Bracciano is the recommendation of Annalisa of Travel Connect Experience.
40 km north of Rome, in the direction of the city of Viterbo, lies a crystal clear lake of volcanic origin, part of the Parco Regionale di Bracciano e Martignano. Lake Bracciano is one of the most beautiful lakes near Rome and one of the locals’ favourite destinations for a day trip from Rome.
Bracciano is one of three medieval towns overlooking the lake. The main historic attraction is the Orsini-Odescalchi Castle, dating back to the 15th century. Today it is a museum where you can stroll around more than 20 rooms displaying original furniture and frescoes.
Whether or not you visit the castle, you should dine at one of the little restaurants located in the nearby Piazza Giuseppe Mazzini. The local delicacies include pasta with lake fish, boar meat, porcini mushrooms, truffles, and wine.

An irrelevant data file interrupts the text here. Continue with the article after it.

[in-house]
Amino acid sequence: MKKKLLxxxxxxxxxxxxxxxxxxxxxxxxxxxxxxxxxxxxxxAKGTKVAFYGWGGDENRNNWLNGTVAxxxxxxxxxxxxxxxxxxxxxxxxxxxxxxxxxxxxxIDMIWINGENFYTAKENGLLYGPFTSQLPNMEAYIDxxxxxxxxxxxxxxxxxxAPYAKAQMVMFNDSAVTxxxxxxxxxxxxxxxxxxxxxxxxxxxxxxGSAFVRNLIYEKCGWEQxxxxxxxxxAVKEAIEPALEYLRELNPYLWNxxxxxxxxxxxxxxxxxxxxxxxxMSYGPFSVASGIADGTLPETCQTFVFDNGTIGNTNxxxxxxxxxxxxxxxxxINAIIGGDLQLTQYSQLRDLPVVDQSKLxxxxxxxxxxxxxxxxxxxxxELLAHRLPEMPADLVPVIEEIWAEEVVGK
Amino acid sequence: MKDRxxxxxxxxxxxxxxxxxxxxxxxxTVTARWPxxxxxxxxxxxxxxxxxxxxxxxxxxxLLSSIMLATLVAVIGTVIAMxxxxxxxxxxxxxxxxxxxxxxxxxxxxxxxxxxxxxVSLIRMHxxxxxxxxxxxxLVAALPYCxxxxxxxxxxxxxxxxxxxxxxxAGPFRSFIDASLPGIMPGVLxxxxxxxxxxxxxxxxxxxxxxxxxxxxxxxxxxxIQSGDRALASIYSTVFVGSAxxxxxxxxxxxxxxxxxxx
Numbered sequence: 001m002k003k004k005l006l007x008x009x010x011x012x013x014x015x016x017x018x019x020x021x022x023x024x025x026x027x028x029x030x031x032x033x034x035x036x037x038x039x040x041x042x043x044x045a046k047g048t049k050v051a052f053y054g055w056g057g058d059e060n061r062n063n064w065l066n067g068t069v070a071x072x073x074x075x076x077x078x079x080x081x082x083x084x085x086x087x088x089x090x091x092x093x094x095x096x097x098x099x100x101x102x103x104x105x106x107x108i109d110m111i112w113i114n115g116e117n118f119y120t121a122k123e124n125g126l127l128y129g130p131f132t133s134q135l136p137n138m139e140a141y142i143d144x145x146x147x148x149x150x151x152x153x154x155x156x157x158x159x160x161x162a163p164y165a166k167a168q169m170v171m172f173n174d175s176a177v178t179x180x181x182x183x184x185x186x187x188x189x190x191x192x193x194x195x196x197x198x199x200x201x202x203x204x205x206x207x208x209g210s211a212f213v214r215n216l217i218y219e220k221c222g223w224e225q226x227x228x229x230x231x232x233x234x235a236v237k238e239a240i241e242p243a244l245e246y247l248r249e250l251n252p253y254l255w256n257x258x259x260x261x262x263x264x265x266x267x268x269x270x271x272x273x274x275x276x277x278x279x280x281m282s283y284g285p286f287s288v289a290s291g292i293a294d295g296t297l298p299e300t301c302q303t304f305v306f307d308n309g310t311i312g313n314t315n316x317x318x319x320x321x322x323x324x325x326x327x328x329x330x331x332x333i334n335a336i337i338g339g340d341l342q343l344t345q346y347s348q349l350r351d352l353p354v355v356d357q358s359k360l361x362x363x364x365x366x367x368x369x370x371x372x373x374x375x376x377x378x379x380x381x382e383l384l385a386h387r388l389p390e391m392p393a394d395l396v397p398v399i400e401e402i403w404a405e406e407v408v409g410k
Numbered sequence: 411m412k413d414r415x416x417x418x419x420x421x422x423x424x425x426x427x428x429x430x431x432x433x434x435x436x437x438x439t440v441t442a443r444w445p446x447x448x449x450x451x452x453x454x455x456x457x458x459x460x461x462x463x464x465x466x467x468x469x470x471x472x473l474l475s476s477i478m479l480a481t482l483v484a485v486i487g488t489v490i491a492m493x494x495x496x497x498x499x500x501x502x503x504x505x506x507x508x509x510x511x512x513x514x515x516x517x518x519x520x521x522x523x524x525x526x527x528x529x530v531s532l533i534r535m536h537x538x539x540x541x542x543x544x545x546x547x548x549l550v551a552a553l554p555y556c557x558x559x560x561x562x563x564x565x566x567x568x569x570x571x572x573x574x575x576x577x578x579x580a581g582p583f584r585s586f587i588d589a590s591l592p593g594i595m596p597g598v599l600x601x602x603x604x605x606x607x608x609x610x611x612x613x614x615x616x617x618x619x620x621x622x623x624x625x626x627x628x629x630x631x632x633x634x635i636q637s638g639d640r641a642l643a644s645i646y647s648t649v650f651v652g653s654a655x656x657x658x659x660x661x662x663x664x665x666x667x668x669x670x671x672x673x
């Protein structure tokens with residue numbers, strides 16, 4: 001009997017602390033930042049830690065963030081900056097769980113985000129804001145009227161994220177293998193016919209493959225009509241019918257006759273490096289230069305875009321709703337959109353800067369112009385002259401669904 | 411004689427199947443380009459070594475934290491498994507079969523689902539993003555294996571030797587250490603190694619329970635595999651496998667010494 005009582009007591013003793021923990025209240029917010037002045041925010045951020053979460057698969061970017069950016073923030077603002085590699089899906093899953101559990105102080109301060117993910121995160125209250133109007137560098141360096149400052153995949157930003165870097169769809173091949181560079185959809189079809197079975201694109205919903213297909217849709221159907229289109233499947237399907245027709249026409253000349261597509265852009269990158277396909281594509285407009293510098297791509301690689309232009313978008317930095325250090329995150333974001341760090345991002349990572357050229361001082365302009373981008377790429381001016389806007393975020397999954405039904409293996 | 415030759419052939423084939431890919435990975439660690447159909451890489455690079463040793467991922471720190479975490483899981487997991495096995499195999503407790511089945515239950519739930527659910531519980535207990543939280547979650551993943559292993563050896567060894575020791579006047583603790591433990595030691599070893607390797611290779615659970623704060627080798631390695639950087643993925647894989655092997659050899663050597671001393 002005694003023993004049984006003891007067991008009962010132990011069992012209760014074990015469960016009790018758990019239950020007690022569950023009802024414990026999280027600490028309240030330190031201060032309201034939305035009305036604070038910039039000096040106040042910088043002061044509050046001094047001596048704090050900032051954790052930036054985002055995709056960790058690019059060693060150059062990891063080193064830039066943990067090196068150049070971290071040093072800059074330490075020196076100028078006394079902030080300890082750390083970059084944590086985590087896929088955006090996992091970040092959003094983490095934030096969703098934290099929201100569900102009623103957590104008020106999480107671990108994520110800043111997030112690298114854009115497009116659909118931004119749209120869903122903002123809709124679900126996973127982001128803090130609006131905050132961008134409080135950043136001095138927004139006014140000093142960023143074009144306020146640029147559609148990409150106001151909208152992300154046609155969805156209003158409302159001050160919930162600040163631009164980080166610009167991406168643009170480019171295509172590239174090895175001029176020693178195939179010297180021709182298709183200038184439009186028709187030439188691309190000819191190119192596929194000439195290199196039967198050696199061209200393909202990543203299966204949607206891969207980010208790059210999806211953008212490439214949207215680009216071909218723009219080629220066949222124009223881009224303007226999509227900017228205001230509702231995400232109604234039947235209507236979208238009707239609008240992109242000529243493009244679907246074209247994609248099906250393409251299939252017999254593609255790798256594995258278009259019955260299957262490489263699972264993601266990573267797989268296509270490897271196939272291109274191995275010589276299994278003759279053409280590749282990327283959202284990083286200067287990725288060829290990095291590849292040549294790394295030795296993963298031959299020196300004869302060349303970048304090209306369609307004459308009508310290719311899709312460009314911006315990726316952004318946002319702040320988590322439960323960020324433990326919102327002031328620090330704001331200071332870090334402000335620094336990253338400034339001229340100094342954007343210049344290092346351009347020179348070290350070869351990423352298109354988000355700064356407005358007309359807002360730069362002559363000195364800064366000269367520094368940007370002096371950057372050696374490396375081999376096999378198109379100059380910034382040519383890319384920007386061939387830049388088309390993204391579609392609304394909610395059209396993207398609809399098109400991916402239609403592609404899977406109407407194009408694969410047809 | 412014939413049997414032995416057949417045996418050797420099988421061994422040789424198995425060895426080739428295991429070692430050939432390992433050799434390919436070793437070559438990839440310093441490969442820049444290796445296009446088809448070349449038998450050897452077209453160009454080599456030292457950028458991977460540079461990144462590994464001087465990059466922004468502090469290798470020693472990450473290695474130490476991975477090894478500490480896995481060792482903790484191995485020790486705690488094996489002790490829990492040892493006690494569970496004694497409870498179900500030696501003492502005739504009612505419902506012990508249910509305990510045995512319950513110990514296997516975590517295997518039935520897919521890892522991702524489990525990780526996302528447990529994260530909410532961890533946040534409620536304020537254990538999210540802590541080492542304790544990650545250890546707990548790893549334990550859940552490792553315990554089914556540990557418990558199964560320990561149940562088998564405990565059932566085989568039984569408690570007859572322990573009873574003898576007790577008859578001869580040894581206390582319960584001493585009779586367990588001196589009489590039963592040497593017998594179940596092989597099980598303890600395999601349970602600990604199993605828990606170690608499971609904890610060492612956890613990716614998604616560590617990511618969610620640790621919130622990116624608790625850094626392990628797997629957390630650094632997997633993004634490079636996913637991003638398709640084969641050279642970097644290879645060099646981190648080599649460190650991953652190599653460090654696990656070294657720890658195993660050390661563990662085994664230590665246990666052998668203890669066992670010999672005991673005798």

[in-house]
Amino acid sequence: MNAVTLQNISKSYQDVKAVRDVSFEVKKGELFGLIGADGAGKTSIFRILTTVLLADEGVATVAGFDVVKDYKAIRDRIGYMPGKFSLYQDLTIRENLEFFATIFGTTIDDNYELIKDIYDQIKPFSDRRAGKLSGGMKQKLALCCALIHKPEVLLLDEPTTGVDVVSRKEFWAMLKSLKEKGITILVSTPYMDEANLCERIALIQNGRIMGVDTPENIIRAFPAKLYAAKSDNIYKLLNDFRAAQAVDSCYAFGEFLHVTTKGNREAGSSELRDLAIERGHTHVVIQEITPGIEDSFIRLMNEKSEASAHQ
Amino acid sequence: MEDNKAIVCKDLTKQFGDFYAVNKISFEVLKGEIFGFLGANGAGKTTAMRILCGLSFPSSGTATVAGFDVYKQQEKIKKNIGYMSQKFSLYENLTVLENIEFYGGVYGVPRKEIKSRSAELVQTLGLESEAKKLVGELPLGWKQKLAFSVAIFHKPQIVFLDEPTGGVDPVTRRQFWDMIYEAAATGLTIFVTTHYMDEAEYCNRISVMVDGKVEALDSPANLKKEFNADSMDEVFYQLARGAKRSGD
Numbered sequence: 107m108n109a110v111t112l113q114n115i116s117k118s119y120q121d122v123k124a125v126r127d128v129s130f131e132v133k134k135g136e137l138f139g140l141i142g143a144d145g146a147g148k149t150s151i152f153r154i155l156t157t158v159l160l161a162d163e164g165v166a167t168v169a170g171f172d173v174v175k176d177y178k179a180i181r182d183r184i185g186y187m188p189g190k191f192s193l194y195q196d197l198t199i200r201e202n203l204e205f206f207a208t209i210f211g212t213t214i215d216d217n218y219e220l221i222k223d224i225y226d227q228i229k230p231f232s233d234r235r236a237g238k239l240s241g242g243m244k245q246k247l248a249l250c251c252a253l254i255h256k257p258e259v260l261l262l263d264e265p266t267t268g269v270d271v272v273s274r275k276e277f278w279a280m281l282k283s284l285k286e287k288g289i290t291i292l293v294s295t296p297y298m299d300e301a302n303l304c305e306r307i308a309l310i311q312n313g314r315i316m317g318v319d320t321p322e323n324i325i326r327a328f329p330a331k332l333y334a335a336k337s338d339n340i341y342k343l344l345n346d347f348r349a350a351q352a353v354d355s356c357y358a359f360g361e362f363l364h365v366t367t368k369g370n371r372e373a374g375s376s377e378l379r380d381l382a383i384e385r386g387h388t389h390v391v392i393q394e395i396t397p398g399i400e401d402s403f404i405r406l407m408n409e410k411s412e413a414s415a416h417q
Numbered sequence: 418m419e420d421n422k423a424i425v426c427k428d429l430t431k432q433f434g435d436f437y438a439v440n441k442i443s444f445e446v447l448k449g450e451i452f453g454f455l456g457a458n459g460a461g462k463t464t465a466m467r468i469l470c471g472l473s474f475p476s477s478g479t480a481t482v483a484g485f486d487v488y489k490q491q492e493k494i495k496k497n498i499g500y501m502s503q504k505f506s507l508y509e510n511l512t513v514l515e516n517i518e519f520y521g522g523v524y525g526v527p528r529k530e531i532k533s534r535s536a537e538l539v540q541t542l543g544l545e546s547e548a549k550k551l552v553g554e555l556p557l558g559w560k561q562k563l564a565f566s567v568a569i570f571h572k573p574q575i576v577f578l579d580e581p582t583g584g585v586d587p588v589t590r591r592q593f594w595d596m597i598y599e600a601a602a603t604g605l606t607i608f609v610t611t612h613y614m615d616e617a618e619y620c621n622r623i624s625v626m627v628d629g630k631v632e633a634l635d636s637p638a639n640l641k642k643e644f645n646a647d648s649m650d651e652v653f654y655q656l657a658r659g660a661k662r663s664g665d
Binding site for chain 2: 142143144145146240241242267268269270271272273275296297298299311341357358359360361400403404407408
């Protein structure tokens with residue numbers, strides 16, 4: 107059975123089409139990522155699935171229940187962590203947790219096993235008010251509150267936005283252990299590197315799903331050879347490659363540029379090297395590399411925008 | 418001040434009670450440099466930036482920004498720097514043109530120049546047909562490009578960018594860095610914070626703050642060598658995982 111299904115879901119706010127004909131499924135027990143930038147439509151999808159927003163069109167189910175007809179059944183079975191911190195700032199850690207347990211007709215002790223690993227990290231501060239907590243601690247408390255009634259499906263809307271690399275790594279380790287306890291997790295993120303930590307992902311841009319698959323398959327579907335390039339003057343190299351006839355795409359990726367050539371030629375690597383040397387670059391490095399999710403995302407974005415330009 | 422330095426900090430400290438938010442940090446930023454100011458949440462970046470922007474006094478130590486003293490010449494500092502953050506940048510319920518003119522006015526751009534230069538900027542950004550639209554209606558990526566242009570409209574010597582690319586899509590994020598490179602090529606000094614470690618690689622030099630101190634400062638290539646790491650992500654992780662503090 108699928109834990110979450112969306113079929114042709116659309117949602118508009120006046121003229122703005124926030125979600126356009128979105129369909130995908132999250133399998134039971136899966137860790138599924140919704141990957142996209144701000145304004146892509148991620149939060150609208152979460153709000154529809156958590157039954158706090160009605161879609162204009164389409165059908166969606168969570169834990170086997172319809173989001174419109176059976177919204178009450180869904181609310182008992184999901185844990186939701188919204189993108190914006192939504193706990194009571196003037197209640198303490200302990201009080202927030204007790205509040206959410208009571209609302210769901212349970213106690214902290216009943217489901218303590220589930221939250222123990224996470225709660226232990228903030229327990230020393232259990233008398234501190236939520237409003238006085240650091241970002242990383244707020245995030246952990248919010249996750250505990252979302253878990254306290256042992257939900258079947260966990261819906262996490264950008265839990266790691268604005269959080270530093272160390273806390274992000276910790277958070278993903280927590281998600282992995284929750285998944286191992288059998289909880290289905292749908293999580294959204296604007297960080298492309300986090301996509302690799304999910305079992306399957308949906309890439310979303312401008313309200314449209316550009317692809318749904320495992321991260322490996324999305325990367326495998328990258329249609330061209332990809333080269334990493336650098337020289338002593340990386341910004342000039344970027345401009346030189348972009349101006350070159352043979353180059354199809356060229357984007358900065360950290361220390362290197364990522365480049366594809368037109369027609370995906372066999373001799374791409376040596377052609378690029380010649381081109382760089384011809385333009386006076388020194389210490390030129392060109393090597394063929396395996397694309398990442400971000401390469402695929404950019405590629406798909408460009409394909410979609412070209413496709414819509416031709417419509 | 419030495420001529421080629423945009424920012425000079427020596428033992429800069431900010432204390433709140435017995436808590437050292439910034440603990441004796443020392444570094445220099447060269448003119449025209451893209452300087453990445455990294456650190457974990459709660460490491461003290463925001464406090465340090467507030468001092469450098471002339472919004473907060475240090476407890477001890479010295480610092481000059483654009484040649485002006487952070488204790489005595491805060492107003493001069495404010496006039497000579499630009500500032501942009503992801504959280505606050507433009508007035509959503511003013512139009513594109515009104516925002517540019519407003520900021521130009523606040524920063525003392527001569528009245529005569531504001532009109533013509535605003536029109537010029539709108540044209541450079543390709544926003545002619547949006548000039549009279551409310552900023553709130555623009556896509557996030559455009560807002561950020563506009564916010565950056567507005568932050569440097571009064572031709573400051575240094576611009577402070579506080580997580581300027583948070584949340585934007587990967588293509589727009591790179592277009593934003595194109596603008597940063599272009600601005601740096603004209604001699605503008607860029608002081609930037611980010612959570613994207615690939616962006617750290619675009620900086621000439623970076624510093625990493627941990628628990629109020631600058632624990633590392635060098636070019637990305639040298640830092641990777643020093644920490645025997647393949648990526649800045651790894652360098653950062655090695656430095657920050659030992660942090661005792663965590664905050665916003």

If you visit the lake during the warm season – May to October – the best thing you can do is immerse yourself in the refreshing water along the beach at Anguillara Sabazia. There are tiny beach clubs and kiosks where you can sit and enjoy the long sunsets with a drink.
To reach Lake Bracciano from Rome, take a train from Valle Aurelia, Ostiense, or Trastevere and get off at either Bracciano or Anguillara Sabazia. The journey takes around an hour.
Orvieto, A Hill Town In Umbria
Umbria is full of medieval hill towns, but Orvieto is probably the easiest to get to from Rome. Although the town dates back to the Etruscan period, most of what you see today is medieval. The old streets are enclosed by the walls of an ancient fortress, and you can wander through the historic centre, visit the magnificent cathedral, and admire the views of the Umbrian countryside.
Orvieto is just over an hour by train from Rome. Read more about taking a Day Trip To Orvieto.
Roman Remains At Ostia Antica
In Roman times Ostia Antica was an important sea port, and home to 50,000 people. Today it is an archaeological site: similar to Pompeii, but not as well known (or as crowded…) Explore the ancient streets with their houses, shops and warehouses. Then visit the forum and the amphitheatre, and marvel at the mosaics and the frescoes of the “decorated houses”.